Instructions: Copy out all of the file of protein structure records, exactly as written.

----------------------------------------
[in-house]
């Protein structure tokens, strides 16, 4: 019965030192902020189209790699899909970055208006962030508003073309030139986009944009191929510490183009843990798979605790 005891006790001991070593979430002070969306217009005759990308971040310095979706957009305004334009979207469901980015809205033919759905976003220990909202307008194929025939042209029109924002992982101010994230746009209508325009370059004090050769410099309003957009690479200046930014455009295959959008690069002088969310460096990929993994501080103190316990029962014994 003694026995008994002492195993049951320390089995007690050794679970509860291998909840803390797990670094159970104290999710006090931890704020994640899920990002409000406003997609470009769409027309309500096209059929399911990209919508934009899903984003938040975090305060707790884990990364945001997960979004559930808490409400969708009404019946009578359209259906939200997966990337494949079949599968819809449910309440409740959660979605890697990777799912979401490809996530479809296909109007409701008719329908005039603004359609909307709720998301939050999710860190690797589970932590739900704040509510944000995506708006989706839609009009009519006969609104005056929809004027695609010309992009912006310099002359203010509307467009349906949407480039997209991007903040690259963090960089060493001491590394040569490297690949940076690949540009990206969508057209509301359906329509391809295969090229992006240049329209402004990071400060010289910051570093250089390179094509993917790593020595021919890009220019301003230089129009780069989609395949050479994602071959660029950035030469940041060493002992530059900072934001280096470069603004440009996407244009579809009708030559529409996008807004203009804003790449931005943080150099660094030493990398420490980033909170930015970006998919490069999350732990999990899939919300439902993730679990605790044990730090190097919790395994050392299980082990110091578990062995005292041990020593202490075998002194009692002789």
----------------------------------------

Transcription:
[in-house]
């Protein structure tokens, strides 16, 4: 019965030192902020189209790699899909970055208006962030508003073309030139986009944009191929510490183009843990798979605790 005891006790001991070593979430002070969306217009005759990308971040310095979706957009305004334009979207469901980015809205033919759905976003220990909202307008194929025939042209029109924002992982101010994230746009209508325009370059004090050769410099309003957009690479200046930014455009295959959008690069002088969310460096990929993994501080103190316990029962014994 003694026995008994002492195993049951320390089995007690050794679970509860291998909840803390797990670094159970104290999710006090931890704020994640899920990002409000406003997609470009769409027309309500096209059929399911990209919508934009899903984003938040975090305060707790884990990364945001997960979004559930808490409400969708009404019946009578359209259906939200997966990337494949079949599968819809449910309440409740959660979605890697990777799912979401490809996530479809296909109007409701008719329908005039603004359609909307709720998301939050999710860190690797589970932590739900704040509510944000995506708006989706839609009009009519006969609104005056929809004027695609010309992009912006310099002359203010509307467009349906949407480039997209991007903040690259963090960089060493001491590394040569490297690949940076690949540009990206969508057209509301359906329509391809295969090229992006240049329209402004990071400060010289910051570093250089390179094509993917790593020595021919890009220019301003230089129009780069989609395949050479994602071959660029950035030469940041060493002992530059900072934001280096470069603004440009996407244009579809009708030559529409996008807004203009804003790449931005943080150099660094030493990398420490980033909170930015970006998919490069999350732990999990899939919300439902993730679990605790044990730090190097919790395994050392299980082990110091578990062995005292041990020593202490075998002194009692002789």